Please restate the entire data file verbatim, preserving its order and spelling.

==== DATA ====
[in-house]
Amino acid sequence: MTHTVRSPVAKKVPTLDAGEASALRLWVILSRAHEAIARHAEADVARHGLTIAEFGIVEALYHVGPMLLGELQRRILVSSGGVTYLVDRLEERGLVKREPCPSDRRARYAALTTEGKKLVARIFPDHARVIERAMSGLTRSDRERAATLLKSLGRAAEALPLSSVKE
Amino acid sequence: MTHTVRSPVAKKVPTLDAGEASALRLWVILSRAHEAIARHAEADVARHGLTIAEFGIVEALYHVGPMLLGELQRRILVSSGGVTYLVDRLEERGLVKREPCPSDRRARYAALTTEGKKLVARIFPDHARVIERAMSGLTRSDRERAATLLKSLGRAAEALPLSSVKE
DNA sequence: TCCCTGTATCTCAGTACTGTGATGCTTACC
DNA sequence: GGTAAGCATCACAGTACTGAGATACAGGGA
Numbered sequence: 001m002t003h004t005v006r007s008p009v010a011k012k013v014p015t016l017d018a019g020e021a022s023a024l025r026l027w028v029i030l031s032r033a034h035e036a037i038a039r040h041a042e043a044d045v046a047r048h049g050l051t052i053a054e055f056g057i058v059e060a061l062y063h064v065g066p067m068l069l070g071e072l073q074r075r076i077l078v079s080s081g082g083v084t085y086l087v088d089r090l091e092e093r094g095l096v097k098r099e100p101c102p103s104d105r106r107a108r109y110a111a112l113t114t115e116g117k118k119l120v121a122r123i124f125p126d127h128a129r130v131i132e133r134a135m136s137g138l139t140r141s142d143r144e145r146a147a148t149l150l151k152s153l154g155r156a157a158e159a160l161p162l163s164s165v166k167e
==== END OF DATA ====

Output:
[in-house]
Amino acid sequence: MTHTVRSPVAKKVPTLDAGEASALRLWVILSRAHEAIARHAEADVARHGLTIAEFGIVEALYHVGPMLLGELQRRILVSSGGVTYLVDRLEERGLVKREPCPSDRRARYAALTTEGKKLVARIFPDHARVIERAMSGLTRSDRERAATLLKSLGRAAEALPLSSVKE
Amino acid sequence: MTHTVRSPVAKKVPTLDAGEASALRLWVILSRAHEAIARHAEADVARHGLTIAEFGIVEALYHVGPMLLGELQRRILVSSGGVTYLVDRLEERGLVKREPCPSDRRARYAALTTEGKKLVARIFPDHARVIERAMSGLTRSDRERAATLLKSLGRAAEALPLSSVKE
DNA sequence: TCCCTGTATCTCAGTACTGTGATGCTTACC
DNA sequence: GGTAAGCATCACAGTACTGAGATACAGGGA
Numbered sequence: 001m002t003h004t005v006r007s008p009v010a011k012k013v014p015t016l017d018a019g020e021a022s023a024l025r026l027w028v029i030l031s032r033a034h035e036a037i038a039r040h041a042e043a044d045v046a047r048h049g050l051t052i053a054e055f056g057i058v059e060a061l062y063h064v065g066p067m068l069l070g071e072l073q074r075r076i077l078v079s080s081g082g083v084t085y086l087v088d089r090l091e092e093r094g095l096v097k098r099e100p101c102p103s104d105r106r107a108r109y110a111a112l113t114t115e116g117k118k119l120v121a122r123i124f125p126d127h128a129r130v131i132e133r134a135m136s137g138l139t140r141s142d143r144e145r146a147a148t149l150l151k152s153l154g155r156a157a158e159a160l161p162l163s164s165v166k167e